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Grade 11 Students, Alumnae Work on Midnight Run Service Project

A group of Grade 11 students, alumnae, faculty and staff worked side by side to pack supplies and deliver a “Midnight Run” for homeless individuals.
After researching several local organizations and voting their freshman year, the students chose Midnight Run as the focus of their service projects in the Upper School. Midnight Run, according to its website, is a volunteer organization “dedicated to finding common ground between the housed and the homeless.” It helps distribute food, clothing, blankets and toiletries to those struggling with homelessness in New York City.
Nancy Grey, Upper School Dean of Student Life and Leadership and French teacher, said she and Danielle Passno, Director of Outreach and Public Purpose and mathematics teacher, guided the students on how to think about social inequity in the city they live in and some practical steps to take to address it. The class did its first run around this time a year ago, and this winter, the students held an additional event: a breakfast where they served 50 clients.
The Spence School is celebrating its 125th anniversary this year, and one of the ways the School is honoring this milestone is through 125 Acts of Service. Students in the three divisions have been challenged throughout the year to find ways to serve others. And alumnae, upon hearing about the 125 Acts of Service, wanted to find out how to serve with the Spence community.
“The alumnae really wanted to get involved in service and meet some of the students, so this was a really good way for everyone to come together,” Grey said.
Alumnae worked with the students in the Lecture Hall to pack up toiletries, prepare 100 bagged meals and fold new and donated clothes.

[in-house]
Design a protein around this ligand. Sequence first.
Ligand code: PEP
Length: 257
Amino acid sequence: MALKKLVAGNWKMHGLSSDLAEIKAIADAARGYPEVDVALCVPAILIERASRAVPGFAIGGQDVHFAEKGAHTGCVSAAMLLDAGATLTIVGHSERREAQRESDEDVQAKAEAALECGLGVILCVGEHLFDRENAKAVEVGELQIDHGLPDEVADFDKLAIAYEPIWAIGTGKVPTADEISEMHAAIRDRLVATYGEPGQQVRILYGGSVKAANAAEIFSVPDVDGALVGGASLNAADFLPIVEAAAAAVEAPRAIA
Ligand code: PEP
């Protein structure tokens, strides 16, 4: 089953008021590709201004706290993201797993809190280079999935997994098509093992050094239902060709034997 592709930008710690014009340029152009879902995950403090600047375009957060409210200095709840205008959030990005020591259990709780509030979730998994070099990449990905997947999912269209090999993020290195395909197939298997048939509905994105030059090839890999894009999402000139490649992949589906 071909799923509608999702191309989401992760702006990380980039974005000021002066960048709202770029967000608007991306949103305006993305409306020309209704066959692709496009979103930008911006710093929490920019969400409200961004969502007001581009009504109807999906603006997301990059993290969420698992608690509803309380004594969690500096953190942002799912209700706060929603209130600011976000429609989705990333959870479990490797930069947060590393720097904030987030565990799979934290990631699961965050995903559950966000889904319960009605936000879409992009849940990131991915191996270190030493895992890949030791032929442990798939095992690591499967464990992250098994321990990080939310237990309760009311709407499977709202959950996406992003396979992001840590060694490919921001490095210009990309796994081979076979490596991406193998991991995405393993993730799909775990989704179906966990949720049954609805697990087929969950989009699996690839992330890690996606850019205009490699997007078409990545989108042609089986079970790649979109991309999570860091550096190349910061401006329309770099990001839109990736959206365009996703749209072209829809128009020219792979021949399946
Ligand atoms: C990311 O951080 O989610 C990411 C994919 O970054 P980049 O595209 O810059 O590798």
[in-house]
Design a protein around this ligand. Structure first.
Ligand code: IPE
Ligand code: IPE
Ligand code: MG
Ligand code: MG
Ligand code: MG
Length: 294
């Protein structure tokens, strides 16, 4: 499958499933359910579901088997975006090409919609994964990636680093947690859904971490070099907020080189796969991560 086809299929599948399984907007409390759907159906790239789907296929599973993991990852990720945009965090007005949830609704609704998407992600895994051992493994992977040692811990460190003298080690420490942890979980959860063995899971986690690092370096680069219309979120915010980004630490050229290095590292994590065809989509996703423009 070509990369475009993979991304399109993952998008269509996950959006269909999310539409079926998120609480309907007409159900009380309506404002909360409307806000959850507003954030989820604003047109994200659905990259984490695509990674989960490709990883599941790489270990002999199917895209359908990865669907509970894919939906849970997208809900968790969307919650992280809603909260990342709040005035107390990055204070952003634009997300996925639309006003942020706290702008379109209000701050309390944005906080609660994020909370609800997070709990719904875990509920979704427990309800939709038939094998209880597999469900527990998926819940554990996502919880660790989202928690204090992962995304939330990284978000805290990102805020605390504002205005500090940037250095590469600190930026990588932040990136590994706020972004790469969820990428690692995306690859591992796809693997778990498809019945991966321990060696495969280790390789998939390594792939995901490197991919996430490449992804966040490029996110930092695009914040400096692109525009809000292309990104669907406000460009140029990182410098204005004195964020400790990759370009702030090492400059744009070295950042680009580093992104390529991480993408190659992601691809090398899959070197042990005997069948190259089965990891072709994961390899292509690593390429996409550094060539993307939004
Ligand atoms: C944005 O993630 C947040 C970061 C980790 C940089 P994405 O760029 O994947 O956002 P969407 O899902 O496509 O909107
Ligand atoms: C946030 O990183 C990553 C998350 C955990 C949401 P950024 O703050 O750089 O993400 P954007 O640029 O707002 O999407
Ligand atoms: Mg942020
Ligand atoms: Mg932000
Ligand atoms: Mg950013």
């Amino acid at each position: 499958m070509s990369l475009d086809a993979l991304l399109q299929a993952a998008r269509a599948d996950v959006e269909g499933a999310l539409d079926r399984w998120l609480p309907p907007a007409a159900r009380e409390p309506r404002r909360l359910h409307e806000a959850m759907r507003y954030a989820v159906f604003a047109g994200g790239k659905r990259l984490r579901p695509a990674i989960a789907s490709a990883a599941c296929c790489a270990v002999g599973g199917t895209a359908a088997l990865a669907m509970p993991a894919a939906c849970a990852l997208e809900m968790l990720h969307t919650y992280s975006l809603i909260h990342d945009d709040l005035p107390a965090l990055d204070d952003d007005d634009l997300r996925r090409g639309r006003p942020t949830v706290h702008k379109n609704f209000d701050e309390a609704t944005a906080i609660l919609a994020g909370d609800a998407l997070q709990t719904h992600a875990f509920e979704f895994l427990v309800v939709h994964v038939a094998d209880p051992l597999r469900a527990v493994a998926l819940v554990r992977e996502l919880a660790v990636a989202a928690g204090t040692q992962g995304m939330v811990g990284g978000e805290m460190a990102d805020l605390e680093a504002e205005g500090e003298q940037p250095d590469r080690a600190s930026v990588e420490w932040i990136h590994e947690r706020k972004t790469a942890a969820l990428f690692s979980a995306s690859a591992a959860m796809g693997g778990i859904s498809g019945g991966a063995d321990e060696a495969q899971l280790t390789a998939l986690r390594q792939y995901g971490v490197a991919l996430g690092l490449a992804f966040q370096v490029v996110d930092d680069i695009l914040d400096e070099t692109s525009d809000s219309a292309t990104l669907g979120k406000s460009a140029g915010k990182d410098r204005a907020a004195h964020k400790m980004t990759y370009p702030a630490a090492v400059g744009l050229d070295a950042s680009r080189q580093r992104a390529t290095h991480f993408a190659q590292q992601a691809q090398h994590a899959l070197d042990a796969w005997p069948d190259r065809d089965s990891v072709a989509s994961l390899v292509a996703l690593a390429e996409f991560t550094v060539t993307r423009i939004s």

Around 9:15 p.m., Spence students, teachers and alumnae packed the supplies into cars and made four stops at designated areas where homeless individuals know they can go to pick up items. Their last stop ended around midnight. 
Denise Burrell-Stinson ’91, a member of the Alumnae Association Board of Directors and a co-chair of the diversity committee, was one of the alumnae who went on the Midnight Run. Burrell-Stinson said it was an honor and a privilege to work with a group “so earnestly committed to expanding the range of voices and perspectives represented at Spence.”
An active Spence alumna, Burrell-Stinson said she was looking for a way to work directly with students who were interested in making a difference. She described the students who were involved in the Midnight Run as organized, respectful and fun to talk to, and she thanked the students, faculty and organizers for putting together a meaningful event.
“As I had hoped and expected, it was a moving event,” she said. “When you put sorely needed goods right into the hands of men and women that need them, you look into their faces and see one that looks just like you or someone you love. At one point, we were distributing clean underwear, clothes and food to Midnight Run program participants as a fancy party was letting out on Park Avenue. The distance between need and opulence was only a few feet. I was overwhelmed with gratitude for all that I had in my life but committed to making sure others have access to opportunity as well.”